Microsoft reveals the most dangerous, pointless and misunderstood group policies for Windows 11
There are a huge number of ways to customize, optimize and tweak Windows, some of which involve using third party utilities, while others rely on tools that are built into the operating system -- like Group Policy Editor.
System administrators have used group policies to implement a wide range of settings for a long time now, but there are some that should be avoided. Microsoft has shared information about some of the legacy group policies that should not be used; some because they have no effect at all, some because they have unwanted or unexpected side effects. Take a look through the list and see if you need to make any changes to the policies you have put in place.
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Writing on the Windows IT Pro blog in what she describes as "My BEST Blog EVERRR", Aria Carley reveals a total of 25 policies that Windows 11 admins should not use; she points out that the same advice also applies to Windows 10 version 20H2 and above.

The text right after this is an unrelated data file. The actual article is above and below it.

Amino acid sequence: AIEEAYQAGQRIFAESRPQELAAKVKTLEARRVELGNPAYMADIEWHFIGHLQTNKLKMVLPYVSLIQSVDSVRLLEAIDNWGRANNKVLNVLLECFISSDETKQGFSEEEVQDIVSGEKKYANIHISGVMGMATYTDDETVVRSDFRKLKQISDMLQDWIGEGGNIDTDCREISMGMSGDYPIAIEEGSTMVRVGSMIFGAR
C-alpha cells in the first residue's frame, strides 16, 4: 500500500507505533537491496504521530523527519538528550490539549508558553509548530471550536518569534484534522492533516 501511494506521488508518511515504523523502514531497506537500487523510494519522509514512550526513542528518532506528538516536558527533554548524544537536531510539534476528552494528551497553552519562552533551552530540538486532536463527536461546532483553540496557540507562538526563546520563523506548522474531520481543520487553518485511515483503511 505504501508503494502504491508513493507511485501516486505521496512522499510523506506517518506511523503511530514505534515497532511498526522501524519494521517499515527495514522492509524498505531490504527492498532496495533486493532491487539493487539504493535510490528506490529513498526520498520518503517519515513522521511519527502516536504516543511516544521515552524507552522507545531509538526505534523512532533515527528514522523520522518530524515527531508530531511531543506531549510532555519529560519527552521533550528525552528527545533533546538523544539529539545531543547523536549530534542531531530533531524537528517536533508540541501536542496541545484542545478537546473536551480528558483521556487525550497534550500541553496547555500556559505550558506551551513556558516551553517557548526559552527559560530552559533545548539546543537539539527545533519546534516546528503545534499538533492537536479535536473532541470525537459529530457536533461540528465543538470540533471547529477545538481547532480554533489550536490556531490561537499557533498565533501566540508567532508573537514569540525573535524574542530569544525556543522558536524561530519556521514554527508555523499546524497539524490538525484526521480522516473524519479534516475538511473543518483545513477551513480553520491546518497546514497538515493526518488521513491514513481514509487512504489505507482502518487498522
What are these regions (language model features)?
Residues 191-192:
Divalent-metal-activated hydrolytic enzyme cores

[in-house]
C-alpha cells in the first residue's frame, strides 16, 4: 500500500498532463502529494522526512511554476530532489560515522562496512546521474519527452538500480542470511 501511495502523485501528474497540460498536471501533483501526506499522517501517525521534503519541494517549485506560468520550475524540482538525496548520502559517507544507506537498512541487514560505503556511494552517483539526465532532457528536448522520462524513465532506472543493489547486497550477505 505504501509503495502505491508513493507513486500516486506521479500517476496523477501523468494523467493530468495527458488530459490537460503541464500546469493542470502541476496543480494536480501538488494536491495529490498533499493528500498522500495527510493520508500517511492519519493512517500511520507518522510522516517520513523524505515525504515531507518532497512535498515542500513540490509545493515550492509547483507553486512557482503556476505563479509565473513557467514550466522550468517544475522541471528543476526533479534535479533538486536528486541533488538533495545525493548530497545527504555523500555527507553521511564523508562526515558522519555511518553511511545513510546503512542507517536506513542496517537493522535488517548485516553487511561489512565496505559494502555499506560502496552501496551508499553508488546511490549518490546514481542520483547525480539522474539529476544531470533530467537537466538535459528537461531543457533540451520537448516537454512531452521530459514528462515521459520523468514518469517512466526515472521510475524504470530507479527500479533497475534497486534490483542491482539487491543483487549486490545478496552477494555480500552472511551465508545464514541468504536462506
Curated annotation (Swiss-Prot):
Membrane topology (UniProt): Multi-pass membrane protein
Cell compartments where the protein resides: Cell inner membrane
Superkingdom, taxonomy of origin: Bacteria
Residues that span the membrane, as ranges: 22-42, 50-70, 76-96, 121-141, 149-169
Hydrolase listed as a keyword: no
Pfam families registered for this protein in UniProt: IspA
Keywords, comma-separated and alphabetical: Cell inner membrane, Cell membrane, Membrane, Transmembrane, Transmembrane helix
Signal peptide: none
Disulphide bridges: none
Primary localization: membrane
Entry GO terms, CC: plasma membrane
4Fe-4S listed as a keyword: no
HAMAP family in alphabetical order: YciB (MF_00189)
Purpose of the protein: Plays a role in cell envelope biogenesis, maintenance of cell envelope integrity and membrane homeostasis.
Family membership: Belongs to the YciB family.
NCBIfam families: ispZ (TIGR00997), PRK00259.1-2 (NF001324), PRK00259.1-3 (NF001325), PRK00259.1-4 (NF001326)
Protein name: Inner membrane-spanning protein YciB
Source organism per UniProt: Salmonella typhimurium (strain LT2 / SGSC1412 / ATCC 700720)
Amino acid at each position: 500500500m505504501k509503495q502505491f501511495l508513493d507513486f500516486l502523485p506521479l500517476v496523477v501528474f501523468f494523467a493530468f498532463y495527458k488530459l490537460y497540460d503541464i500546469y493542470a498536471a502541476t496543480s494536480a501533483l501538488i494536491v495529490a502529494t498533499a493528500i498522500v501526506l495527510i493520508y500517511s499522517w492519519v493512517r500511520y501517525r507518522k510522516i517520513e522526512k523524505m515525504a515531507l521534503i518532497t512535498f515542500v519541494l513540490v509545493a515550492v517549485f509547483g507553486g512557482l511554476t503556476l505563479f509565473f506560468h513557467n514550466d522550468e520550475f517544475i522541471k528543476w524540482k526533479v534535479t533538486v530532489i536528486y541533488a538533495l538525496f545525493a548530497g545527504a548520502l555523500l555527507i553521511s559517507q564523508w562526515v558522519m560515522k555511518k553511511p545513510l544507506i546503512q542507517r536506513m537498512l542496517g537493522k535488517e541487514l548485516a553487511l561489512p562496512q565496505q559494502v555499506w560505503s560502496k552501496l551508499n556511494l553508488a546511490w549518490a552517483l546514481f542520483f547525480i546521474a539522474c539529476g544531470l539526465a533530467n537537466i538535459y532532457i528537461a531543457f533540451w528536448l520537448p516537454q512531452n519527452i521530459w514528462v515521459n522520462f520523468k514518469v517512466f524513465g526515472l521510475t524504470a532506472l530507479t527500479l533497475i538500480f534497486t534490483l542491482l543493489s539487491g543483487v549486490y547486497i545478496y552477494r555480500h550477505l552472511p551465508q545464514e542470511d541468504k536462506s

The blog post is more than just a list of policies you shouldn't use, however. Carley also explain just why certain policies should be avoided and, where appropriate, suggests alternatives that should be used instead.
There is, for example, a group policy called Do not adjust default option to ‘Install Updates and Shut Down’ in Shut Down Windows dialog box. Why should you not enable this? Well, there is no point -- "This policy was never implemented on Windows 10 and will have no effect if set on Windows 10 or Windows 11."
Another policy, called No auto-restart with logged on users for scheduled automatic updates installation, has the description: "Do not automatically restart with the user logged on". But this is a little misleading, as Carley explains: "This policy was never created as a CSP. In Group Policy this policy does not work exactly as per description. Further, this policy can result in no quality update reboots period, given many users today never log off".
But admins are not left hanging; there is helpful advice:
The recommendation to replace this would be to leverage compliance deadline and then to configure no-auto reboot to prevent non-user aware reboots prior to the deadline being reached. Or for server devices, leverage Configure Automatic Updates options 7 -- notify to install and notify to reboot.
The full list of policies to be avoided can be found here.